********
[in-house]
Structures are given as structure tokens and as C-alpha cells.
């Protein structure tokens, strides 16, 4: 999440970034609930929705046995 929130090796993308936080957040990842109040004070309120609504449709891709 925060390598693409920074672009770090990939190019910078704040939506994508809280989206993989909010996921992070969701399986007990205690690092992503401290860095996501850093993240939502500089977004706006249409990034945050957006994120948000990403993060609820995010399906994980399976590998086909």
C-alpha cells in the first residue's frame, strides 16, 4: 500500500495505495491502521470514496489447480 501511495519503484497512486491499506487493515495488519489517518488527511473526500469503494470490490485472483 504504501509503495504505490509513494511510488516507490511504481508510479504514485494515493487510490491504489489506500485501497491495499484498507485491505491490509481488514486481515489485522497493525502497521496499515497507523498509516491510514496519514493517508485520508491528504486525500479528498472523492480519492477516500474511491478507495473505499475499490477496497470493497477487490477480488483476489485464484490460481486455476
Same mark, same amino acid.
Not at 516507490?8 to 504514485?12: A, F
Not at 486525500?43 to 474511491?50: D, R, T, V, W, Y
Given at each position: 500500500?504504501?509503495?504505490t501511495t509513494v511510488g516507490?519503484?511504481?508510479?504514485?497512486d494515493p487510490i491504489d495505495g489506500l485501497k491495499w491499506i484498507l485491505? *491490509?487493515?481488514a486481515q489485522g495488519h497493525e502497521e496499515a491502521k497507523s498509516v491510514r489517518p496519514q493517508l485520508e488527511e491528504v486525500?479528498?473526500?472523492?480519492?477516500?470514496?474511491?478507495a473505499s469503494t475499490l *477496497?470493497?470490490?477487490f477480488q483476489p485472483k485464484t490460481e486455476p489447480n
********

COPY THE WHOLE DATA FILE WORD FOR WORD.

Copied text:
[in-house]
Structures are given as structure tokens and as C-alpha cells.
């Protein structure tokens, strides 16, 4: 999440970034609930929705046995 929130090796993308936080957040990842109040004070309120609504449709891709 925060390598693409920074672009770090990939190019910078704040939506994508809280989206993989909010996921992070969701399986007990205690690092992503401290860095996501850093993240939502500089977004706006249409990034945050957006994120948000990403993060609820995010399906994980399976590998086909």
C-alpha cells in the first residue's frame, strides 16, 4: 500500500495505495491502521470514496489447480 501511495519503484497512486491499506487493515495488519489517518488527511473526500469503494470490490485472483 504504501509503495504505490509513494511510488516507490511504481508510479504514485494515493487510490491504489489506500485501497491495499484498507485491505491490509481488514486481515489485522497493525502497521496499515497507523498509516491510514496519514493517508485520508491528504486525500479528498472523492480519492477516500474511491478507495473505499475499490477496497470493497477487490477480488483476489485464484490460481486455476
Same mark, same amino acid.
Not at 516507490?8 to 504514485?12: A, F
Not at 486525500?43 to 474511491?50: D, R, T, V, W, Y
Given at each position: 500500500?504504501?509503495?504505490t501511495t509513494v511510488g516507490?519503484?511504481?508510479?504514485?497512486d494515493p487510490i491504489d495505495g489506500l485501497k491495499w491499506i484498507l485491505? *491490509?487493515?481488514a486481515q489485522g495488519h497493525e502497521e496499515a491502521k497507523s498509516v491510514r489517518p496519514q493517508l485520508e488527511e491528504v486525500?479528498?473526500?472523492?480519492?477516500?470514496?474511491?478507495a473505499s469503494t475499490l *477496497?470493497?470490490?477487490f477480488q483476489p485472483k485464484t490460481e486455476p489447480n